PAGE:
Johnson clearly lost control of the ball before securing it in his throwing hand. So by the letter of the law, that’s not a catch. The issue here isn’t with the umpires on the field or the replay officials, but with the insane caveat that a player needs to secure the ball in his throwing hand before the umpire can deem it “caught.” By the letter of the law, an OF could secure the ball in his glove for ostensibly the 3rd out of the inning, jog into the dugout before transferring it into his throwing hand and have taken the ball out of play, awarding all baserunners two free bases. That’s probably never going to be called, but I’m mystified as to why MLB feels the need to constantly shake things up seemingly for the sake of confusion. New replay rules and new catcher collision regulations (which I still hate) weren’t enough; let’s change a rule that has existed since players started wearing gloves in the late 1800’s. I’m going to move on now because I’m getting angry even as I sit here and relive the play, which of course proved to be extremely significant in the Indians 2-1 loss. Suffice to say that while I think replay in general is a good thing for baseball (getting the call right is always the end goal), this tinkering and resulting confusion on the field is an unfortunate and unnecessary byproduct.

Photo Credit: Al Ciammaichella
Danny Salazar started his second game of the season on Thursday night, and he produced one of the most unique stat lines I’ve ever seen from a pitcher, and it gets weirder and weirder the deeper you look at it. On the surface, it’s strange enough; L, 3 2/3 IP, 6 H, 5 ER, 2 BB, 10 K. Recording 10 strikeouts in fewer than 4 IP is something that’s been done exactly one time since 1900, so that’s remarkable in and of itself. But Salazar didn’t record a single traditional out; every batter either struck out, walked or got a hit. The only out recorded other than a strikeout was when Adam Eaton was struck out trying to stretch a single into a double. So Salazar’s BABIP (Batting Average on Balls in Play) allowed was a “perfect” 1.000. He was somehow both extremely hittable and utterly unhittable at the same time. He gave up two HR and a double on the only three balls that the White Sox put in the air against him, for a 66.7% HR/FB rate. He’s ERA for the game was 9.82, but his xFIP (expected fielding independent pitching, see here for full explanation as to how it is calculated) was 0.48. These stats come from far too small of a sample size to be significant, I’m just bringing them up because it helps illustrate just how strange the outing really was.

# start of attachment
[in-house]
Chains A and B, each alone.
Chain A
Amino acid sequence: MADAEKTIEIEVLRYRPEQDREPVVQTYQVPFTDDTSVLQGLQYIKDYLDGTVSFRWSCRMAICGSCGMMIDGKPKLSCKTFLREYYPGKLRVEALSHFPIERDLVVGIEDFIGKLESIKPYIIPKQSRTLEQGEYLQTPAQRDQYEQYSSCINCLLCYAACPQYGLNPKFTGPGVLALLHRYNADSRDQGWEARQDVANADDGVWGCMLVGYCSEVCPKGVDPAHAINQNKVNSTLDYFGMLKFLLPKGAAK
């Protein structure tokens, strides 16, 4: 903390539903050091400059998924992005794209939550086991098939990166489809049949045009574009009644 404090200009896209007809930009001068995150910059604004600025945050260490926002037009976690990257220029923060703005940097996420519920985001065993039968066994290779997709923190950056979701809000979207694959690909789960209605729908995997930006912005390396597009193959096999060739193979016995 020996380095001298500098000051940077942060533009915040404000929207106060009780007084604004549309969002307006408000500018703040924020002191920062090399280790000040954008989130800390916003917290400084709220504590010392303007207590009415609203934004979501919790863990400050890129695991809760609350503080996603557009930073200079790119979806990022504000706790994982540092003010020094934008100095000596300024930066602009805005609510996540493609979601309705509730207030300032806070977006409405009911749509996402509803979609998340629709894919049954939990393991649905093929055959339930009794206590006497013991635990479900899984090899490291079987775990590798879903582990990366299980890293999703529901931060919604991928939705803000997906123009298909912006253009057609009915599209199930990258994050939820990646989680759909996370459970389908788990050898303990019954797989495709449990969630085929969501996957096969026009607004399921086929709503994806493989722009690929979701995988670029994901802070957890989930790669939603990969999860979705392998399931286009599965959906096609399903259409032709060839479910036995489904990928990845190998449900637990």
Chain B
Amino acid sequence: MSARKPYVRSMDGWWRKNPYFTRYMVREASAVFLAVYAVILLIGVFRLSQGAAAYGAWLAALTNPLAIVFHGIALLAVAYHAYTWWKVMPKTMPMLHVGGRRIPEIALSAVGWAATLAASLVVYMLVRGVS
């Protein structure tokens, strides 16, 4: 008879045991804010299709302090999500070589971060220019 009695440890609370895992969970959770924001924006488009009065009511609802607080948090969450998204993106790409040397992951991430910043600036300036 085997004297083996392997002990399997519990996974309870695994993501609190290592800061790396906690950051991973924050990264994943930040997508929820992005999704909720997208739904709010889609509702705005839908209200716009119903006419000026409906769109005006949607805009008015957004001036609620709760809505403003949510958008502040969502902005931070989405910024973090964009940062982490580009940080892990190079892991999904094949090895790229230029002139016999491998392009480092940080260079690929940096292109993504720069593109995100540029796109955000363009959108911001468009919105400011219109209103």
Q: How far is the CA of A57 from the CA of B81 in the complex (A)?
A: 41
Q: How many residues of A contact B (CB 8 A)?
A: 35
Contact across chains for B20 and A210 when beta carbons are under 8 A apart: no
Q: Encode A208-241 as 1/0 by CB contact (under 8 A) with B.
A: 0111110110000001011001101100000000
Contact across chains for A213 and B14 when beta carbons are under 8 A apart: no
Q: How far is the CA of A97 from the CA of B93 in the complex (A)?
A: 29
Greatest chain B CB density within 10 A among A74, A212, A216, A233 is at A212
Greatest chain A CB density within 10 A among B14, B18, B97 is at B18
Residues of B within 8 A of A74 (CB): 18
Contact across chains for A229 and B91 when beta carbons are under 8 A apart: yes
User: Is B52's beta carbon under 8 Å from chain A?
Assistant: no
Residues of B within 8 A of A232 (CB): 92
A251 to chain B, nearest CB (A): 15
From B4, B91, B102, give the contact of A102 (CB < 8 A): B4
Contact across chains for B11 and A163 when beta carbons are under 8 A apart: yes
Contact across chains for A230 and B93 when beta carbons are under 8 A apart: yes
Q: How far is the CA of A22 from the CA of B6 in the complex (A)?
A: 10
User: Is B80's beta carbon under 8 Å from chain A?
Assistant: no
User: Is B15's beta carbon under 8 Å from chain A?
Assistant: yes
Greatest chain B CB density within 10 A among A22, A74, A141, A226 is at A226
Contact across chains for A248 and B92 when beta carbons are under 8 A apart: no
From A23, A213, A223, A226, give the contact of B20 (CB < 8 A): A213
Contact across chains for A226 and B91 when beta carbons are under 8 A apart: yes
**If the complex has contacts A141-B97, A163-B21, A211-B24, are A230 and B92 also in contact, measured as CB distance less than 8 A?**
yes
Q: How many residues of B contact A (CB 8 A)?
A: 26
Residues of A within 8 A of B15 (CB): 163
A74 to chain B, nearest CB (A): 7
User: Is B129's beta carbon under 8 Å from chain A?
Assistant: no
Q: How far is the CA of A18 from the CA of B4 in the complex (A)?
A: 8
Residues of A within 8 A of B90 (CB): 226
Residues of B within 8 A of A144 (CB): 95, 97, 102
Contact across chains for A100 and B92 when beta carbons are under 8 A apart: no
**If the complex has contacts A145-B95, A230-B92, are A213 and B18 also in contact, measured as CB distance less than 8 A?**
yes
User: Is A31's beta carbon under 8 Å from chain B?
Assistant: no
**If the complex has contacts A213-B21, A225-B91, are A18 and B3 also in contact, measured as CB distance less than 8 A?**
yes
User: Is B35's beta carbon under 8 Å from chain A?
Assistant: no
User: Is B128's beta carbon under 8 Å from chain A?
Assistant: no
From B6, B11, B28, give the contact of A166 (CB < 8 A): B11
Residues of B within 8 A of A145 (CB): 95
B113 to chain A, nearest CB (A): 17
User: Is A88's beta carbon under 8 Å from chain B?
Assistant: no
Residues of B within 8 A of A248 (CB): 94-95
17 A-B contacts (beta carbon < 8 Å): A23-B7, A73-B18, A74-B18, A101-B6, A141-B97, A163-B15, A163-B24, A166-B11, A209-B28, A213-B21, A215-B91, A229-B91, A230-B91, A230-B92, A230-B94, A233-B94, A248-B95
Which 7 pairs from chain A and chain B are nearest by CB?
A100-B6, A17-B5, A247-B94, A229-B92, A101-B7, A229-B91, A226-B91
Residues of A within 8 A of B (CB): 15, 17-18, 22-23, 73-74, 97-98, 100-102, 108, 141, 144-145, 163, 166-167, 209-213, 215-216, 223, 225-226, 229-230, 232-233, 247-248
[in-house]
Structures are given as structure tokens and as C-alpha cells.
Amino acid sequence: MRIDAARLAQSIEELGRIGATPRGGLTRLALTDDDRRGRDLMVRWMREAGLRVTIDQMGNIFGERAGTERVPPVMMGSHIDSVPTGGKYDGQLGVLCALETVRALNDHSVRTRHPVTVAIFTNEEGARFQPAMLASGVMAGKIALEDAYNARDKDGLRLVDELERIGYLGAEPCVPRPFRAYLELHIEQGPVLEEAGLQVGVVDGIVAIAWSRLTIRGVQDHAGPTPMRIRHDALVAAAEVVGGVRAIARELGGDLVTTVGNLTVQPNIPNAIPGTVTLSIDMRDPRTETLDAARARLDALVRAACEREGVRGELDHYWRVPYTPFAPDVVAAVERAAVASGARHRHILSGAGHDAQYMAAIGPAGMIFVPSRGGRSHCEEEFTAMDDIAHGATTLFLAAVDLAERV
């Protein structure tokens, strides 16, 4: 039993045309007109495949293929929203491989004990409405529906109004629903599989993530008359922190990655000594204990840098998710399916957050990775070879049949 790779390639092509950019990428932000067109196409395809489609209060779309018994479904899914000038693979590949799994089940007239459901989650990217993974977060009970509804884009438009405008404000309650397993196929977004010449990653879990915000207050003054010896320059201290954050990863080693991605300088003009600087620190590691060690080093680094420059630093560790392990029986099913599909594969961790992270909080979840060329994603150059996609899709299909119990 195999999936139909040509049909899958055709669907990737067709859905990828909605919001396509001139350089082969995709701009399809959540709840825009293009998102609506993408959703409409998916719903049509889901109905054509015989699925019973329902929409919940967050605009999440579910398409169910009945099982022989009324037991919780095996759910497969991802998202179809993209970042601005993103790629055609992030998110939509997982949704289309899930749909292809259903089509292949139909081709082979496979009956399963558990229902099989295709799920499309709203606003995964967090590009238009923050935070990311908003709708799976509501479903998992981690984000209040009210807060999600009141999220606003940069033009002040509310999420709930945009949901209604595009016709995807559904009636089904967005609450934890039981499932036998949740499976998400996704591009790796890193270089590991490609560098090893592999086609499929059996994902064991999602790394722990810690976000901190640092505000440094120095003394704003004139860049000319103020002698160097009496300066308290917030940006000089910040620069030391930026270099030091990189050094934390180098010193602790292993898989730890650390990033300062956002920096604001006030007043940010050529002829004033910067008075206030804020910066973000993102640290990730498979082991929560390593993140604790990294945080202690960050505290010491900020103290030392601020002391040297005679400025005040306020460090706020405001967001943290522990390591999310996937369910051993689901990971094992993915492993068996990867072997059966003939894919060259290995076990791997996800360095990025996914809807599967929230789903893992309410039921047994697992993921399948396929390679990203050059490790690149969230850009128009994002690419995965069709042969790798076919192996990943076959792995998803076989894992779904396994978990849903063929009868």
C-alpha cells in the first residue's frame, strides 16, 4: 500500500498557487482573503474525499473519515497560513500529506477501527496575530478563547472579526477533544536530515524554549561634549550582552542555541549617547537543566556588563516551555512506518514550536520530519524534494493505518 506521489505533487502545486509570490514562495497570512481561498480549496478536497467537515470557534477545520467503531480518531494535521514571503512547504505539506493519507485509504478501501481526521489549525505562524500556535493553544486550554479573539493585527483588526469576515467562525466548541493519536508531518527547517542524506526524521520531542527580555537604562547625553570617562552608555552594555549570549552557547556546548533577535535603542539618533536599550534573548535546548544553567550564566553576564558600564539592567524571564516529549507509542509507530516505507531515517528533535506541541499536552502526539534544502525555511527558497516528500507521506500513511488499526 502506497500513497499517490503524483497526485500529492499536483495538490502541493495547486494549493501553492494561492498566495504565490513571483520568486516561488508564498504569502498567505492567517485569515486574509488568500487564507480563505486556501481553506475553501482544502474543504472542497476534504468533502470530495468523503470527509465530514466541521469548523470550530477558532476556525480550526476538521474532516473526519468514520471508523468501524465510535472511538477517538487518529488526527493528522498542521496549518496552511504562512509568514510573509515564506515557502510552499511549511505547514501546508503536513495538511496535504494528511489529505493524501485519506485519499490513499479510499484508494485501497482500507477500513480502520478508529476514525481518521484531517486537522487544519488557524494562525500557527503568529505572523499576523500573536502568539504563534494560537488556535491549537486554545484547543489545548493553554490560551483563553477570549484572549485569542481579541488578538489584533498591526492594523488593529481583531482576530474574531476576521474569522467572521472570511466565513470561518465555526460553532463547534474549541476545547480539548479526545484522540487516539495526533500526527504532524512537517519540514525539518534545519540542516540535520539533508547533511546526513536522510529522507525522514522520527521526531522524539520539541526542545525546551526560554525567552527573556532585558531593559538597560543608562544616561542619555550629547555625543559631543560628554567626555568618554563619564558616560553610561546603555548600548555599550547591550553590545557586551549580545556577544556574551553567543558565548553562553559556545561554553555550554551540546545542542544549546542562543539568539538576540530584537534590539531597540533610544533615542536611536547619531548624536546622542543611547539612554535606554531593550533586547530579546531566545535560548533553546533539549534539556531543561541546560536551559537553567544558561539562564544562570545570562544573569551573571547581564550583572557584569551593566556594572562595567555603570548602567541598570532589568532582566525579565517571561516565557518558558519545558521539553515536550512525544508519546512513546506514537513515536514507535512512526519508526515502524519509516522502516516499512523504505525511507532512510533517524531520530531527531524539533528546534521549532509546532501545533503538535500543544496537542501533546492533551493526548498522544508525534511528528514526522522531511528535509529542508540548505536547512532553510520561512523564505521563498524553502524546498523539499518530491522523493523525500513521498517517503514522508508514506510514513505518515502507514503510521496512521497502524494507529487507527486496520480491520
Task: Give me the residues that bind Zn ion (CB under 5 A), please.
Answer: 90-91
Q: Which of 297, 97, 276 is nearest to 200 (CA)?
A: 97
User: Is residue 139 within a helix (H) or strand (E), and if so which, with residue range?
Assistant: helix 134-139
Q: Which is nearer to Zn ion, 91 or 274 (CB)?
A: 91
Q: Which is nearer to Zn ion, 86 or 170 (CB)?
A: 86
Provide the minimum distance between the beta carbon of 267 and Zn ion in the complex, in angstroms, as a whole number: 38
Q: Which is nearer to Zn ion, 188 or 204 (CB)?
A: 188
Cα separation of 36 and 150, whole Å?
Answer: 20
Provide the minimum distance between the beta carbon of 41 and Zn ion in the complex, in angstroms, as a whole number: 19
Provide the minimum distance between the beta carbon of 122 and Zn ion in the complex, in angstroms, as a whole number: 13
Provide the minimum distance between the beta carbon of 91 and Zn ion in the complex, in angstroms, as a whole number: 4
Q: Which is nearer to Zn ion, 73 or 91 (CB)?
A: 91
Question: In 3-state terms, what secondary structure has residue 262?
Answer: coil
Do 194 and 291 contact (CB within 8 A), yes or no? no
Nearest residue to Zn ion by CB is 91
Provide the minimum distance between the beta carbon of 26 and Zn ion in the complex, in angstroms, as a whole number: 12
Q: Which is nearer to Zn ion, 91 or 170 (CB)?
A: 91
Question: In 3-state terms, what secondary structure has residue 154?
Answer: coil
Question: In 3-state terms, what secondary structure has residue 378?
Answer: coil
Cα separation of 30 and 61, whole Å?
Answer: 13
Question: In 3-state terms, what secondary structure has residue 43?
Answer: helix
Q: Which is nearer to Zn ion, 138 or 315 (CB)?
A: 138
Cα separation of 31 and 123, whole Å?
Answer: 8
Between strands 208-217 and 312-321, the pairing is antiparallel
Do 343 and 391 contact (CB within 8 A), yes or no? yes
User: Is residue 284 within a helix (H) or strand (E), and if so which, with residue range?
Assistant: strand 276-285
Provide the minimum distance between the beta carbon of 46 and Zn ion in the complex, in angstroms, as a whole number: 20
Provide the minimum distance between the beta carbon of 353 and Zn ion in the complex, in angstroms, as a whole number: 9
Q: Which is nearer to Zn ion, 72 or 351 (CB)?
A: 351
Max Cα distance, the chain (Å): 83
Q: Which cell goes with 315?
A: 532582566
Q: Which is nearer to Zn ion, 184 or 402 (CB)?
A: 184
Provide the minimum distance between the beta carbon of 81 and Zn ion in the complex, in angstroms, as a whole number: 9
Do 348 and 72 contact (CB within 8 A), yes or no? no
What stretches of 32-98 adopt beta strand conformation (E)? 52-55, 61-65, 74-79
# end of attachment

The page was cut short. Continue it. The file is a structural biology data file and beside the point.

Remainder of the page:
It’s easy to see where Salazar got into trouble against the White Sox. Looking at this strikezone plot from innings two through four on Thursday, all of the hits allowed by Salazar except one were pitches left in the middle of the plate and from the mid-thigh to the beltline of the hitter. The lone hit from outside of the strikezone came on a single that Adrian Nieto reached out and slapped through the right side for a seeing-eye single. The double and home runs (indicated by the orange and pink squares on the plot below) were all right down the heart of the plate:

That’s a recipe for disaster, even with stuff as electric as Salazar’s. He threw a couple of quality sliders and splitters, but also left a couple of spinners and hangers up in the zone that got hammered. Those mistake pitches aren’t always going to leave the yard, and sometimes there’s going to be a laser hit right at someone. That didn’t happen on Thursday, so Salazar ended up getting chased after 3 2/3’s. The good news is that Salazar has excellent stuff and can strike out 10+ on any given night. The bad news is that if he continues to locate his pitches in this manner, he’s going to continue to give up way too many HR to be an effective starting pitcher. Salazar is always going to be a guy with a higher than normal pitch count. It takes a lot of pitches to strike guys out, and adding questionable command and several walks to that equation is only going to hurt that much more. It’s way too early to panic about a guy with Salazar’s talent, as evidenced by the 10 K on Thursday. It’s also way too early to pencil him into the #2 spot of the rotation moving forward, as evidenced by the walks and 5 ER on Thursday. Salazar starts are required viewing for me (they were anyway), and it’ll be interesting to see how he responds the next time on the mound. There are adjustments to be made, and I have a feeling that Salazar and Mickey Callaway will be spending plenty of time together prior to his next start in Detroit on Wednesday.